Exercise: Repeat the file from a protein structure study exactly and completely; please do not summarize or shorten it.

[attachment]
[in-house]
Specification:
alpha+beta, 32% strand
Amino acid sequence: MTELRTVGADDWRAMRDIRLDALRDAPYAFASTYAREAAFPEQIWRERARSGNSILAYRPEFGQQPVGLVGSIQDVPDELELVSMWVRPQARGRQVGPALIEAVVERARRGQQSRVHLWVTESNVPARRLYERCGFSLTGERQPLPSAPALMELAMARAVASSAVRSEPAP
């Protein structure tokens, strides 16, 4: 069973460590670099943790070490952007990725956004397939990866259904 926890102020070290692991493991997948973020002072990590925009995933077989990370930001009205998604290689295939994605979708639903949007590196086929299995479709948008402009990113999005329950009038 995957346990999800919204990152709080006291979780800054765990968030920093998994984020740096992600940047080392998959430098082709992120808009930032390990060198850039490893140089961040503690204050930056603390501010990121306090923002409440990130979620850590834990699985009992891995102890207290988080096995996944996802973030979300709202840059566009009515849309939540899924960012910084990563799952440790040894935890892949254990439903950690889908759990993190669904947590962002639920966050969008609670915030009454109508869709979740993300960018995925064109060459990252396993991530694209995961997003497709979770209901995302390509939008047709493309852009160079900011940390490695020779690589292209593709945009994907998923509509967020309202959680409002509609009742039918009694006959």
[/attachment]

[in-house]
Specification:
alpha+beta, 32% strand
Amino acid sequence: MTELRTVGADDWRAMRDIRLDALRDAPYAFASTYAREAAFPEQIWRERARSGNSILAYRPEFGQQPVGLVGSIQDVPDELELVSMWVRPQARGRQVGPALIEAVVERARRGQQSRVHLWVTESNVPARRLYERCGFSLTGERQPLPSAPALMELAMARAVASSAVRSEPAP
């Protein structure tokens, strides 16, 4: 069973460590670099943790070490952007990725956004397939990866259904 926890102020070290692991493991997948973020002072990590925009995933077989990370930001009205998604290689295939994605979708639903949007590196086929299995479709948008402009990113999005329950009038 995957346990999800919204990152709080006291979780800054765990968030920093998994984020740096992600940047080392998959430098082709992120808009930032390990060198850039490893140089961040503690204050930056603390501010990121306090923002409440990130979620850590834990699985009992891995102890207290988080096995996944996802973030979300709202840059566009009515849309939540899924960012910084990563799952440790040894935890892949254990439903950690889908759990993190669904947590962002639920966050969008609670915030009454109508869709979740993300960018995925064109060459990252396993991530694209995961997003497709979770209901995302390509939008047709493309852009160079900011940390490695020779690589292209593709945009994907998923509509967020309202959680409002509609009742039918009694006959």